Ringworld, Ringworld’s Children

As with Mote, Niven’s novels are a bit blunt and straight-forward when compared to more profound masterpieces such Dune and Hyperion (at least in my opinion). But he definitely makes up with story-telling and just pure hard sci-fi.

10. Neal Stephenson: Anathem

Anathem on Audible – the link does not seem to work in Europe at the moment

At number 10 just because I have not managed to get through it. The premise has drawn me since before its release, so I will perhaps have to revisit this list once I am through.

That’s it – my top 10 sci-fi list for 2010.

I have been a fan of classic science fiction far longer than I have been listening to audio books, so I knew most of these books before getting an audio version.

A lot of people I know told me that they are not able to draw equal enjoyment from an audio book, especially not with fiction.

For me, the experience is very equal and I will often switch from audio to text and back in the middle of a single book, based solely on convenience (e.g. if I am traveling, enjoying the sun on a beach or jogging).

What is your top 10 sci-fi list? Am I missing a must-read/listen?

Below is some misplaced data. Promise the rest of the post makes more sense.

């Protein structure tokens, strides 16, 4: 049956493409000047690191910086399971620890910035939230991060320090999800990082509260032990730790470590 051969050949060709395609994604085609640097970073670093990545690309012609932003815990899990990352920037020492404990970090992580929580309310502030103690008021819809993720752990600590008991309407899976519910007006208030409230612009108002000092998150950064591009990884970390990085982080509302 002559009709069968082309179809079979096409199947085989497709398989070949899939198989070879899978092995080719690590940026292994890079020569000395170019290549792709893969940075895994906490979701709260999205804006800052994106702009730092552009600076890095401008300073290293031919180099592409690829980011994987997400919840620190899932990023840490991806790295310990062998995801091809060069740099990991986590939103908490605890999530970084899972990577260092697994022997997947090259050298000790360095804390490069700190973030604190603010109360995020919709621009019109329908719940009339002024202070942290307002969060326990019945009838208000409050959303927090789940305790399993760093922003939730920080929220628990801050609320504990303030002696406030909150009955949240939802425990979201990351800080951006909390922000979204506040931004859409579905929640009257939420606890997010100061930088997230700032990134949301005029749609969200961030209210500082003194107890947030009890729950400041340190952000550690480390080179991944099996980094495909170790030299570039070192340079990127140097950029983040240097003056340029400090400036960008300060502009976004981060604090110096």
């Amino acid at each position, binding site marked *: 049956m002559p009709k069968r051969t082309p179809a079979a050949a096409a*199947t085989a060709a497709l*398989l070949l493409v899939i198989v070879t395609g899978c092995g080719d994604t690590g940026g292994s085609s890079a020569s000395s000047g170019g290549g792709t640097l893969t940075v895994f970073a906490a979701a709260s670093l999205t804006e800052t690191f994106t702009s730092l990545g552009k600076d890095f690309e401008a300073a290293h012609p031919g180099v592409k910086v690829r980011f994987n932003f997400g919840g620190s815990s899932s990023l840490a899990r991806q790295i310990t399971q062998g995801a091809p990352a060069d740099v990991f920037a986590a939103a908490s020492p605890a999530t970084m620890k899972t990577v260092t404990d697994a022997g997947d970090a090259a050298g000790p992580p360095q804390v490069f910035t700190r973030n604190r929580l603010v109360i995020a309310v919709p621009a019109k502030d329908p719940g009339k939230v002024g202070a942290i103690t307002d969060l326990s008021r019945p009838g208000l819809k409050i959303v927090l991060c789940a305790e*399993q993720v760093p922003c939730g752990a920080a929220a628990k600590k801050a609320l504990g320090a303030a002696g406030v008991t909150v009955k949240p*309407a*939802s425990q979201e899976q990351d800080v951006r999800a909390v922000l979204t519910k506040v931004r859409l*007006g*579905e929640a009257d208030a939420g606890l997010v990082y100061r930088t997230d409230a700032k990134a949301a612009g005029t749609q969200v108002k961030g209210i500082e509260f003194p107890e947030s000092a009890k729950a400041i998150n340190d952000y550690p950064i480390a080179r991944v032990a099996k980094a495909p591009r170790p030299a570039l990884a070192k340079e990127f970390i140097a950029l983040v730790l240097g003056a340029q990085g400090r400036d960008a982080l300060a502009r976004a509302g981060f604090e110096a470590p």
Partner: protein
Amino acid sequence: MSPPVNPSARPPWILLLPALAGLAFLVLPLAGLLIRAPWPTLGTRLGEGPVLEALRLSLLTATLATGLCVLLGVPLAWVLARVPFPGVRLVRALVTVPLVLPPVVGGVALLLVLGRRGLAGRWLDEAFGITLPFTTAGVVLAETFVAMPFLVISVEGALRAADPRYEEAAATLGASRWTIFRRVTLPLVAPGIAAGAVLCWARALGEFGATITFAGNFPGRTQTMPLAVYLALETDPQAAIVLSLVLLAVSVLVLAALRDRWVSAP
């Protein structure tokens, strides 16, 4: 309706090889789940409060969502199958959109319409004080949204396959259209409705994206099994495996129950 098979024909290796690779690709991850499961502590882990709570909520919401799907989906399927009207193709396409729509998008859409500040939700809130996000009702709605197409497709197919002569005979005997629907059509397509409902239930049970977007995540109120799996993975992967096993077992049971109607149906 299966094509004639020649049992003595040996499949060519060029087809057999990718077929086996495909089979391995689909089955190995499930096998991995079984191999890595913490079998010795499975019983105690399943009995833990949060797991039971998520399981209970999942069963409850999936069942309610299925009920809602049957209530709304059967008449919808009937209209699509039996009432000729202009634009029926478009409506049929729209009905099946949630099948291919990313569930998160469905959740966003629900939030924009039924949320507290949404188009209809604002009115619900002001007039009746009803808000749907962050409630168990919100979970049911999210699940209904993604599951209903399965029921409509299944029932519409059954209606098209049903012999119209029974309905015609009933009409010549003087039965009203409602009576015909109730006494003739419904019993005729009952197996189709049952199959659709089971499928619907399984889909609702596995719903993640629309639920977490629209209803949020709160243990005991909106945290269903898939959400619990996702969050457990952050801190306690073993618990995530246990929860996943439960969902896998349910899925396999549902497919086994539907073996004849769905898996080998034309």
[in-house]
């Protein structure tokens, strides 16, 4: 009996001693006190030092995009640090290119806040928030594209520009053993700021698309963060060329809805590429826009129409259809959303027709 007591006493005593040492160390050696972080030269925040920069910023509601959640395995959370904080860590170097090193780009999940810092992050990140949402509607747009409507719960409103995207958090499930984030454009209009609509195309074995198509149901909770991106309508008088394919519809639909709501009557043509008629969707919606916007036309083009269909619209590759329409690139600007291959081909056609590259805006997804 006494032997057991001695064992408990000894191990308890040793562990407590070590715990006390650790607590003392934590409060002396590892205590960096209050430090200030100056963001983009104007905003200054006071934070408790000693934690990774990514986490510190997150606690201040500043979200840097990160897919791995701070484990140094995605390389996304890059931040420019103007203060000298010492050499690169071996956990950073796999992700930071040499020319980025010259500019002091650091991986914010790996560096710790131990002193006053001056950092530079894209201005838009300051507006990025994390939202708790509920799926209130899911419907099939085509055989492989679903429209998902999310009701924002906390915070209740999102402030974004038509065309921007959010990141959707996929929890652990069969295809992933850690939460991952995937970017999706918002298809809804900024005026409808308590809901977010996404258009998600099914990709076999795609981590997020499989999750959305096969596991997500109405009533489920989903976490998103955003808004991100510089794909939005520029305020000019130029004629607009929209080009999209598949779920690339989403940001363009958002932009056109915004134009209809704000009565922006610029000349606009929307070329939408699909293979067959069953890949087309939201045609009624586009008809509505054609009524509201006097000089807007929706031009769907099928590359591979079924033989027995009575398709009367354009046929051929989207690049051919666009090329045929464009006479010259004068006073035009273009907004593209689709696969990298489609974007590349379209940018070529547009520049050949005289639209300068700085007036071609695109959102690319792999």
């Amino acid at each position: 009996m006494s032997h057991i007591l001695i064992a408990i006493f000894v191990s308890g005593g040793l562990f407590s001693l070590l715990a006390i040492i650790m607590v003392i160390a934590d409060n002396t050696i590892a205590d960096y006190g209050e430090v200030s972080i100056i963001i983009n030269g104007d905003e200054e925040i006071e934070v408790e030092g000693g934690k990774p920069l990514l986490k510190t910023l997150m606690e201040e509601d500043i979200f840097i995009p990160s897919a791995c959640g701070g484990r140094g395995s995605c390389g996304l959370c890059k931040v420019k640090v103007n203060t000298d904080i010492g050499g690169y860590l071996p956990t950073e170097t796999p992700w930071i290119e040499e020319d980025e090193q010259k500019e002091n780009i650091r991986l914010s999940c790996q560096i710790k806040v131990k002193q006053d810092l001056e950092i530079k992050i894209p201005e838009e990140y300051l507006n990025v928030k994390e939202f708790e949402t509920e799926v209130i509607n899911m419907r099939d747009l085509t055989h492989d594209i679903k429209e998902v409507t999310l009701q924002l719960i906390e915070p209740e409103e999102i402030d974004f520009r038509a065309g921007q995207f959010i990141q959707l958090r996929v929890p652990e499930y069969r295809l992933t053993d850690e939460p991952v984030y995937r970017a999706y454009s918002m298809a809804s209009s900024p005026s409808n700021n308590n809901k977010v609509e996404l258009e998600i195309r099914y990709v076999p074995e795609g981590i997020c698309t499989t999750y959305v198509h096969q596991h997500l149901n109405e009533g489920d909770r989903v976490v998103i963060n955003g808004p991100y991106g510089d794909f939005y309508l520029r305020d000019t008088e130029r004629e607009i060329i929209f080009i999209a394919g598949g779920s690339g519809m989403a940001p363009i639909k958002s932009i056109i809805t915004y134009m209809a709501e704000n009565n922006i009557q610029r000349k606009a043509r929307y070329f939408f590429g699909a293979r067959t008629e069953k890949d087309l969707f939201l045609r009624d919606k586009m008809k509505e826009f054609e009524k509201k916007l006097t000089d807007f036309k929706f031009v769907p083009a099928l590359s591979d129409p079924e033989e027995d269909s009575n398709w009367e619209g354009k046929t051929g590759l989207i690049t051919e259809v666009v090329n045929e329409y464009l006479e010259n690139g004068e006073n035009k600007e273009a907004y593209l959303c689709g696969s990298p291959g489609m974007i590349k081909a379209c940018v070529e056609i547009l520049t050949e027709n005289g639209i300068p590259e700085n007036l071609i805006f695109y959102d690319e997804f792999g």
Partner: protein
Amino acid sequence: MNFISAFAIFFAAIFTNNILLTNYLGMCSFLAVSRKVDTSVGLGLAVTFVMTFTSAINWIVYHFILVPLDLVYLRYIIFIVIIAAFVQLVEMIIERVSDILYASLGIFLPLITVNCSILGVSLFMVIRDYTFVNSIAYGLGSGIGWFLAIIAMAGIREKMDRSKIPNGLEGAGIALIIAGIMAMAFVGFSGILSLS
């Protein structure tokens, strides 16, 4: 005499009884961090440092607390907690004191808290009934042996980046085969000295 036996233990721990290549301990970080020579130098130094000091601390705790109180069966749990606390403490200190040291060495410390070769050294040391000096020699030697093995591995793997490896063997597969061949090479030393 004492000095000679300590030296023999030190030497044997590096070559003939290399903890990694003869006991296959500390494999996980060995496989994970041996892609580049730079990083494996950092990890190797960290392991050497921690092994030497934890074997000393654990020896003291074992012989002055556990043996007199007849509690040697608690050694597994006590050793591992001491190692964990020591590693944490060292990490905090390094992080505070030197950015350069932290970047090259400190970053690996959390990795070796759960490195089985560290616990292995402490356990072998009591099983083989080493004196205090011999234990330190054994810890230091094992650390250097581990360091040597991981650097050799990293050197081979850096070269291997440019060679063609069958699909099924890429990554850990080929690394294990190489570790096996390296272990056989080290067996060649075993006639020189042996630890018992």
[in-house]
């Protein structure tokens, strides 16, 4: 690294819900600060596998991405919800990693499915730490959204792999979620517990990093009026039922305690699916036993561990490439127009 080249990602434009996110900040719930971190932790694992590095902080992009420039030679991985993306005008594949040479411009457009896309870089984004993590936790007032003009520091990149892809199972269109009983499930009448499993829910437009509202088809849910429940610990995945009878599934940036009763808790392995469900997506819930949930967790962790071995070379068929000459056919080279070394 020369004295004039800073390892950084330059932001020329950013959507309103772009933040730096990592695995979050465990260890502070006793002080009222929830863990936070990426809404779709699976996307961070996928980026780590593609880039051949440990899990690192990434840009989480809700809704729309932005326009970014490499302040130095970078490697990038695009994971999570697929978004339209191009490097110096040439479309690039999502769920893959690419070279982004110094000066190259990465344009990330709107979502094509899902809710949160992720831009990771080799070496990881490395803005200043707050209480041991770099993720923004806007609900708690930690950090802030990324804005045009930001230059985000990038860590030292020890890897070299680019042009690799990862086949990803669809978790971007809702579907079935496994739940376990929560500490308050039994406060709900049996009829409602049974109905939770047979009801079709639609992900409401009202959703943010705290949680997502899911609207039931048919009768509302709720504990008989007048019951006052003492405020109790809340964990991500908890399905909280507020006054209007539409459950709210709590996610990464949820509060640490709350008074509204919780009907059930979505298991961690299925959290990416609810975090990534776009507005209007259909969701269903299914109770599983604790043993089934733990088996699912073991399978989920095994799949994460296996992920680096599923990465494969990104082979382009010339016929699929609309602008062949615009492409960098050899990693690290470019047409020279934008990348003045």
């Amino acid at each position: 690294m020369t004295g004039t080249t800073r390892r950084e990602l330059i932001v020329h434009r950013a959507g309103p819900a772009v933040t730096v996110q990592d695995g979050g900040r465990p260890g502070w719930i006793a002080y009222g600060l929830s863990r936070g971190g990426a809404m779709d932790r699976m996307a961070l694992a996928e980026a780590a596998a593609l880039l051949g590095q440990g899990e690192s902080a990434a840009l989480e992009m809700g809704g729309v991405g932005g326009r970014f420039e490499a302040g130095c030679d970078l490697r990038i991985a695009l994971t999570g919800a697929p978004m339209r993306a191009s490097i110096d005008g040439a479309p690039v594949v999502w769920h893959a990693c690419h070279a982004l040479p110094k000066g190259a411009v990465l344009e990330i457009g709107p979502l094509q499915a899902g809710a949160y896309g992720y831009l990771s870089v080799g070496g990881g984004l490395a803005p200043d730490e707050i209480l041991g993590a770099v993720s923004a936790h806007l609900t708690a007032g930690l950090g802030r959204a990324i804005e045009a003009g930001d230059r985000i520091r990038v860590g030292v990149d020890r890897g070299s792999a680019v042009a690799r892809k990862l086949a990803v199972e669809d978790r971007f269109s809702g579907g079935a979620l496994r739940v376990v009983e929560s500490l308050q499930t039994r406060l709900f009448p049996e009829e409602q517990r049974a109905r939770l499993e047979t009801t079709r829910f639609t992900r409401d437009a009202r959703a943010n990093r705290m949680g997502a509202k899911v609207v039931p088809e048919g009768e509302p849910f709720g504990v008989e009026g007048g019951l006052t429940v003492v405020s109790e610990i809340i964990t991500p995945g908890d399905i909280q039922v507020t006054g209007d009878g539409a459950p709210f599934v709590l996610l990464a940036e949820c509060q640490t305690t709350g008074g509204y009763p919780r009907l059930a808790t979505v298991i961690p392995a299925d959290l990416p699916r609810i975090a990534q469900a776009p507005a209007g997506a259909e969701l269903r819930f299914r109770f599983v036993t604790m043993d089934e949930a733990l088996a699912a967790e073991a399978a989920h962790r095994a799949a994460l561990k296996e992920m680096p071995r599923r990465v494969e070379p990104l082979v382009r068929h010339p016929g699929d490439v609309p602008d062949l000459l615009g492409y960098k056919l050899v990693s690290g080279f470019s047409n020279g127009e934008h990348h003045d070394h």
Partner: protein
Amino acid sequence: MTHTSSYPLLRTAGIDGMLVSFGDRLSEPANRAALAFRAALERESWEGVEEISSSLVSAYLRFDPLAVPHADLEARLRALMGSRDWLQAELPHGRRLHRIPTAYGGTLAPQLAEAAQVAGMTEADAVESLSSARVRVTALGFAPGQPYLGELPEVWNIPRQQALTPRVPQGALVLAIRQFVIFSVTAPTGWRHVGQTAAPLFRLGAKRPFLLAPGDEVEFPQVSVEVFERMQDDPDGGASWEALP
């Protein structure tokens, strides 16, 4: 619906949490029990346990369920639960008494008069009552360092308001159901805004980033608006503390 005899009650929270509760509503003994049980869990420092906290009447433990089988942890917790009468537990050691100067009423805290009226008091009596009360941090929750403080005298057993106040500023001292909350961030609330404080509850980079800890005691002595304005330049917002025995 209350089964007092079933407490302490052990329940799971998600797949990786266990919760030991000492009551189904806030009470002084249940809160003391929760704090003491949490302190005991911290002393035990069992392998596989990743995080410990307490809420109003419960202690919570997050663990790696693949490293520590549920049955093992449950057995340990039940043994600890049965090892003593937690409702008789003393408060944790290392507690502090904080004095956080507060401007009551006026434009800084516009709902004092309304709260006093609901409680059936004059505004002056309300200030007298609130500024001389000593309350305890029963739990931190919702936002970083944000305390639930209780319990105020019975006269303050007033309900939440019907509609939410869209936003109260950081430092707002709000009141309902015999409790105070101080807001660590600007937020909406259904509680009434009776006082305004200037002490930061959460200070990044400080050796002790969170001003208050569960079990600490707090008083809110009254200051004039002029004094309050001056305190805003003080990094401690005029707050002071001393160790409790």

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Comments (24)

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  2. Calum

    I think you should put Isaac Asimov's Foundation series near the top of this list, is a masterpiece of sci-fi and the reading by Scott Brick read makes it great to listen to.

  3. Robert

    Anything by Neil Gaiman. I would be hard pressed to pick a favorite between American Gods or Anansi Boys.

  4. Cassiusduke

    I am nearing the end of EE Doc Smiths Lensman series Read by Reed McColm. Its a lovely series and well worth a listen.

  5. Noirlecroi

    Good list…but should almost be a list of 10 classic audiobook experiences.  I would definitely add the series by Alistair Reynolds and Peter Hamilton.  I'm constantly trying to recreate the fun of listening to those 90+ hour trilogies trying to recreate the fun of listening to those 90+ hour trilogies

  6. Tadej Gregorcic

    Yes, the post is a year old and I would definitely add at least the Commonwealth and Void sagas in the mean time. Thanks for the Alistair Reynolds tip!

  7. Montag00

    Totaly agree about the Dune series and the narration being dull for some of the later 3 books

  8. Simon Hartman

    I much prefer American Gods to Anansi Boys.

    My favourite Sci-fi audio is definitely The Forever War, written by Joe Haldeman. I haven't seen it in any of these 'top sci-fi audiobooks' lists, and am truly surprised. It blew me away (my copy performed by George Wilson, who takes a bit of getting used to though).

  9. Andy Young

    my top 10 sci – fi audio books are :